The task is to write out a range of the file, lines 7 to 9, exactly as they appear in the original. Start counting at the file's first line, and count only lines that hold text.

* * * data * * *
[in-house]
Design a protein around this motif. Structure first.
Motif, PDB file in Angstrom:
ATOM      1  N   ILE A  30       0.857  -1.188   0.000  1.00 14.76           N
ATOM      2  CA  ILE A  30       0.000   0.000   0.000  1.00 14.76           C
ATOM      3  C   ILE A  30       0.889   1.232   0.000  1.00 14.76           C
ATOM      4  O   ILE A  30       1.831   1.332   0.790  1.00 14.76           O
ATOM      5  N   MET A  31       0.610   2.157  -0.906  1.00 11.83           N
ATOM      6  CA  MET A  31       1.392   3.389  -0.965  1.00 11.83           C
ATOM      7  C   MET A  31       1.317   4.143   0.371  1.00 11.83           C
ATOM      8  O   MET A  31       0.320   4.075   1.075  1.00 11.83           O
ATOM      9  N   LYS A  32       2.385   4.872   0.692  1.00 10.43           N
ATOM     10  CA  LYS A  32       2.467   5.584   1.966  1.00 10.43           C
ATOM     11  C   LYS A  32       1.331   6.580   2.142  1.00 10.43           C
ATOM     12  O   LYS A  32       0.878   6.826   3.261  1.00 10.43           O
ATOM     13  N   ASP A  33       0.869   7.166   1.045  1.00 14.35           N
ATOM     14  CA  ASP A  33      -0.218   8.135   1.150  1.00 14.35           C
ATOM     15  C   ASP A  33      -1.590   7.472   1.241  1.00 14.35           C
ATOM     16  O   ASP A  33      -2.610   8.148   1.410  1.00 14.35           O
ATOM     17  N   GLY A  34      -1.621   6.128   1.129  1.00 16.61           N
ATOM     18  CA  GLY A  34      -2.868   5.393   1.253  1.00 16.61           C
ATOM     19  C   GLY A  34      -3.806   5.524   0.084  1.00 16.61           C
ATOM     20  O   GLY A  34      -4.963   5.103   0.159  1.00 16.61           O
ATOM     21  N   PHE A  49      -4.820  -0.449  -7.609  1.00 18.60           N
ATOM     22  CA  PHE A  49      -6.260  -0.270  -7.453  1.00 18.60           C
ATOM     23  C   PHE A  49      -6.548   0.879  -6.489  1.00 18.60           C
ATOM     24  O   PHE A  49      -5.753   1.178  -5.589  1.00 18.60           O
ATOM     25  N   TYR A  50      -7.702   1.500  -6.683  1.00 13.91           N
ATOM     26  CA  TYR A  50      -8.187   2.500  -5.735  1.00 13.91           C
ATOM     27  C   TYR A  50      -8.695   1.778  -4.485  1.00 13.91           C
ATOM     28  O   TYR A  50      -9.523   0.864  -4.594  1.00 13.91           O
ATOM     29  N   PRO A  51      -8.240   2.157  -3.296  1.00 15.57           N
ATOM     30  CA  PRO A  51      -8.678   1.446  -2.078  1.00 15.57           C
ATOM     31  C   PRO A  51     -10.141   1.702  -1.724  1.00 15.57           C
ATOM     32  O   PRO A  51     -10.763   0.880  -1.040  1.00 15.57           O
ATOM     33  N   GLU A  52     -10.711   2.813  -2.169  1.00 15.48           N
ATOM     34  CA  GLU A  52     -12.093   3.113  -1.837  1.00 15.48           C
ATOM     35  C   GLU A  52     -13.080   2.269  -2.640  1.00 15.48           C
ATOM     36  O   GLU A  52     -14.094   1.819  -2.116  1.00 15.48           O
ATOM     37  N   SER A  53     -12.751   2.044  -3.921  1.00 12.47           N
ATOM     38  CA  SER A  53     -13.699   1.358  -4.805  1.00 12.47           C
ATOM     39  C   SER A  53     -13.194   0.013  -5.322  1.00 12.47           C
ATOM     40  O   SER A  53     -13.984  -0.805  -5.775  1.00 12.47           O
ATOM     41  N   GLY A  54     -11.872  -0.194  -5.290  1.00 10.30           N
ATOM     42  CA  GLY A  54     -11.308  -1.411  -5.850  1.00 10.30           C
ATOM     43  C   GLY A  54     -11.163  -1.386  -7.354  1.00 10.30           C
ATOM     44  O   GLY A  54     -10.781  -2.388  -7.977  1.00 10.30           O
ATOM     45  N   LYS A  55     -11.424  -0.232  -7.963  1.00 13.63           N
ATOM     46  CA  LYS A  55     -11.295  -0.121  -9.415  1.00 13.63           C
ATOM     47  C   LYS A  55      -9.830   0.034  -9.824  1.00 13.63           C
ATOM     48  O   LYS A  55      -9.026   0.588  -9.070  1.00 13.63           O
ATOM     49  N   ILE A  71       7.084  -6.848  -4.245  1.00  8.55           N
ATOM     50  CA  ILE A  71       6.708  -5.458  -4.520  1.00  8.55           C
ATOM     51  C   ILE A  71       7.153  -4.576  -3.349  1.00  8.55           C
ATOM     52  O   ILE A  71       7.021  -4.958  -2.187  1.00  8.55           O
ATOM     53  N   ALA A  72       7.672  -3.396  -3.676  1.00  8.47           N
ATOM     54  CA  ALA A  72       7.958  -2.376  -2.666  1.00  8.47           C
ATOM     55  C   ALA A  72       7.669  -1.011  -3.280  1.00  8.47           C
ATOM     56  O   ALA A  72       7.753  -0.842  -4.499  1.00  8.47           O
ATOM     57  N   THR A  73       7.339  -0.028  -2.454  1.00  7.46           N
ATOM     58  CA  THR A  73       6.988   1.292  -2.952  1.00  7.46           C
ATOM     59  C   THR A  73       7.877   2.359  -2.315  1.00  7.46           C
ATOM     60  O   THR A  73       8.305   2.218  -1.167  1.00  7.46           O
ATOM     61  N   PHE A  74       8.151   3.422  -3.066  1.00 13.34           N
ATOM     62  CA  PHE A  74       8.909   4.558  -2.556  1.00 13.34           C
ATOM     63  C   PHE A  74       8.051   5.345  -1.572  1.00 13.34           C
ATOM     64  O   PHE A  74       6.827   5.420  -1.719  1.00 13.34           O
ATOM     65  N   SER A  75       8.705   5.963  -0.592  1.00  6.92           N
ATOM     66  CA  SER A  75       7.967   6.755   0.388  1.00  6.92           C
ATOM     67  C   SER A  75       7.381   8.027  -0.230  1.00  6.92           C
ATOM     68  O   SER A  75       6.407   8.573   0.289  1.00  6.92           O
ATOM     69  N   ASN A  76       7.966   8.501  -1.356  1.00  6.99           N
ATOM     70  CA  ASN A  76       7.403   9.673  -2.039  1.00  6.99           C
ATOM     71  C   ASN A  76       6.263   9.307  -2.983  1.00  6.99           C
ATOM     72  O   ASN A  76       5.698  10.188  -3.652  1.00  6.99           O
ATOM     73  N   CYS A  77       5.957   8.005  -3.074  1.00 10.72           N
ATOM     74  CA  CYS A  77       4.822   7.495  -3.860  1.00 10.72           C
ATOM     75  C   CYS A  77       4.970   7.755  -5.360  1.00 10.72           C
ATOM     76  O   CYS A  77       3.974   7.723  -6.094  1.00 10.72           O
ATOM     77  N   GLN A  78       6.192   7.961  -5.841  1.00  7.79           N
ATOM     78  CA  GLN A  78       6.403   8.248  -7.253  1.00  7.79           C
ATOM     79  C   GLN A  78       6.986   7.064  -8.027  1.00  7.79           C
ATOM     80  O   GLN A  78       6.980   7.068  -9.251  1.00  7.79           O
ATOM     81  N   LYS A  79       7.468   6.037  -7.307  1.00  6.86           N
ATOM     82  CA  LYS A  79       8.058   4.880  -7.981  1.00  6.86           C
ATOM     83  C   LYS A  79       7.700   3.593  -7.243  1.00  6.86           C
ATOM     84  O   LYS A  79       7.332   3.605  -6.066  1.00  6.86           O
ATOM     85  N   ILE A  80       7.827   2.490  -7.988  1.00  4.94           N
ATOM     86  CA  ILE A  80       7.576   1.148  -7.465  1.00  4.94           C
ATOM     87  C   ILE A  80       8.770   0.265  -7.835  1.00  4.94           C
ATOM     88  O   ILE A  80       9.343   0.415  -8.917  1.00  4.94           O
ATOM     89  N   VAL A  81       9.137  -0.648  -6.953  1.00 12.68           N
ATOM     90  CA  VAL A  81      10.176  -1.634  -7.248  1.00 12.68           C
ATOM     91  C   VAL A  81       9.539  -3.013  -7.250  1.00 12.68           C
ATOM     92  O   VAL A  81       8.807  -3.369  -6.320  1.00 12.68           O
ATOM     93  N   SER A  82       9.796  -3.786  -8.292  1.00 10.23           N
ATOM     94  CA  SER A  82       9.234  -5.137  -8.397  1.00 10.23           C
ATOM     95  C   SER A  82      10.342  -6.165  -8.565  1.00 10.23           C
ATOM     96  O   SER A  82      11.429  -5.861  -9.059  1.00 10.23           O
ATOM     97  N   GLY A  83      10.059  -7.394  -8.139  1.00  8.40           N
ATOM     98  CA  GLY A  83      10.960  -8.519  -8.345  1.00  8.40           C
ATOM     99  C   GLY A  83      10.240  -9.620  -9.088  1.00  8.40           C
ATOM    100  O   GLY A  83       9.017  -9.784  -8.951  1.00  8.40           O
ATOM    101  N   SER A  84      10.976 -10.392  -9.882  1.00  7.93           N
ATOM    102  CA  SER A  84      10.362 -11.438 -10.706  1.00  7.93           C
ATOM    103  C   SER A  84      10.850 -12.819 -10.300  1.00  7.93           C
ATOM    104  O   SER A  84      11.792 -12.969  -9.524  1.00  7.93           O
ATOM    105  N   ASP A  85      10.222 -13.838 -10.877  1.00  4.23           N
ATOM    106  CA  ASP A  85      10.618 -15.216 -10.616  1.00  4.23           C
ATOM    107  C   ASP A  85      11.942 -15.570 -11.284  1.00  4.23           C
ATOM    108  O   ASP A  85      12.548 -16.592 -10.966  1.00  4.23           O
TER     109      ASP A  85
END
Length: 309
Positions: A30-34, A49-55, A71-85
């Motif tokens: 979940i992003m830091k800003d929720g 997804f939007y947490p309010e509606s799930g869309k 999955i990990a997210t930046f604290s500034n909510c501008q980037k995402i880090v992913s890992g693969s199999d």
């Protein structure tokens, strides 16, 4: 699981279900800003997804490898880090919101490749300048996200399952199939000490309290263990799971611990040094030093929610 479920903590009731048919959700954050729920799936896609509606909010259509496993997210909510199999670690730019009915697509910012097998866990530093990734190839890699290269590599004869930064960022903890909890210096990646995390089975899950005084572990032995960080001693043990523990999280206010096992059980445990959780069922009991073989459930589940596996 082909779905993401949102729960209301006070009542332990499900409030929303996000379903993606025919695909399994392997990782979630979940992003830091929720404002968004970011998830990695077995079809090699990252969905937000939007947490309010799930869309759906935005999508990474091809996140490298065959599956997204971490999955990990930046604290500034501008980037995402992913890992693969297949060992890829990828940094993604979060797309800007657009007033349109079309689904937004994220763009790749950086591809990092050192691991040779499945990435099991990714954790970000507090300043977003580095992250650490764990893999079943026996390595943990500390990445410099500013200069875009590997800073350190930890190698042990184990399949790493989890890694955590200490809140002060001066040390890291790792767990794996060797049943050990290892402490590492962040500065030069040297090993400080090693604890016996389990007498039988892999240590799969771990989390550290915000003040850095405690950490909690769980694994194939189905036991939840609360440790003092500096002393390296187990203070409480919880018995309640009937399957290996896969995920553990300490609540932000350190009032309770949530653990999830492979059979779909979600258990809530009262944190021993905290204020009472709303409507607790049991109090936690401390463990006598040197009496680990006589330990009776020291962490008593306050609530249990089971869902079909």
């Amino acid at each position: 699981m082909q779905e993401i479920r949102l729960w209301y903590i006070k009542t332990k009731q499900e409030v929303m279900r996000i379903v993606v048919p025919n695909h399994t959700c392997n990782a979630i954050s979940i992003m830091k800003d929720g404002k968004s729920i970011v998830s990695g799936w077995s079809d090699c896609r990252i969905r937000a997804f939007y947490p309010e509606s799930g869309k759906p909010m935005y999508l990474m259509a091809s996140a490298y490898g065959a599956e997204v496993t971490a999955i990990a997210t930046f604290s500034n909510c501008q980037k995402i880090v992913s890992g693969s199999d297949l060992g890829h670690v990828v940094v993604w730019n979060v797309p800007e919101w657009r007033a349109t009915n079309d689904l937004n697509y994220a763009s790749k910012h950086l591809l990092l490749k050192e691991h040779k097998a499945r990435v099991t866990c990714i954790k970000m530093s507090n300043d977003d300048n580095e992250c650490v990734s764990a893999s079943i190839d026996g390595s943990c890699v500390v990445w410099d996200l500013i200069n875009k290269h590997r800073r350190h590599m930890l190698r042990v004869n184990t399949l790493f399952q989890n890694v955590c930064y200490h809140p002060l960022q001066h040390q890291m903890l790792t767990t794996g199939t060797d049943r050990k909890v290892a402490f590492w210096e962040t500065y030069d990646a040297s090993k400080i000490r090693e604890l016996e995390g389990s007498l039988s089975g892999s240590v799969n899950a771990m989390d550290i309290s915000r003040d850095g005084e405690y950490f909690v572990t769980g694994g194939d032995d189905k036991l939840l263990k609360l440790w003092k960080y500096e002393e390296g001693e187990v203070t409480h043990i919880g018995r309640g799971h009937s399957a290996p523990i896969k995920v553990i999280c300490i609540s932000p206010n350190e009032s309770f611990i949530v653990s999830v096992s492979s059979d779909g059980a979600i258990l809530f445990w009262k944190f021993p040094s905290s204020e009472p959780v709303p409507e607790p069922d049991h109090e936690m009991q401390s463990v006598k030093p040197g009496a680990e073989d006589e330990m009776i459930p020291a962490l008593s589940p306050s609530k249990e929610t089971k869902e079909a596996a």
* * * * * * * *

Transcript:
ATOM      4  O   ILE A  30       1.831   1.332   0.790  1.00 14.76           O
ATOM      5  N   MET A  31       0.610   2.157  -0.906  1.00 11.83           N
ATOM      6  CA  MET A  31       1.392   3.389  -0.965  1.00 11.83           C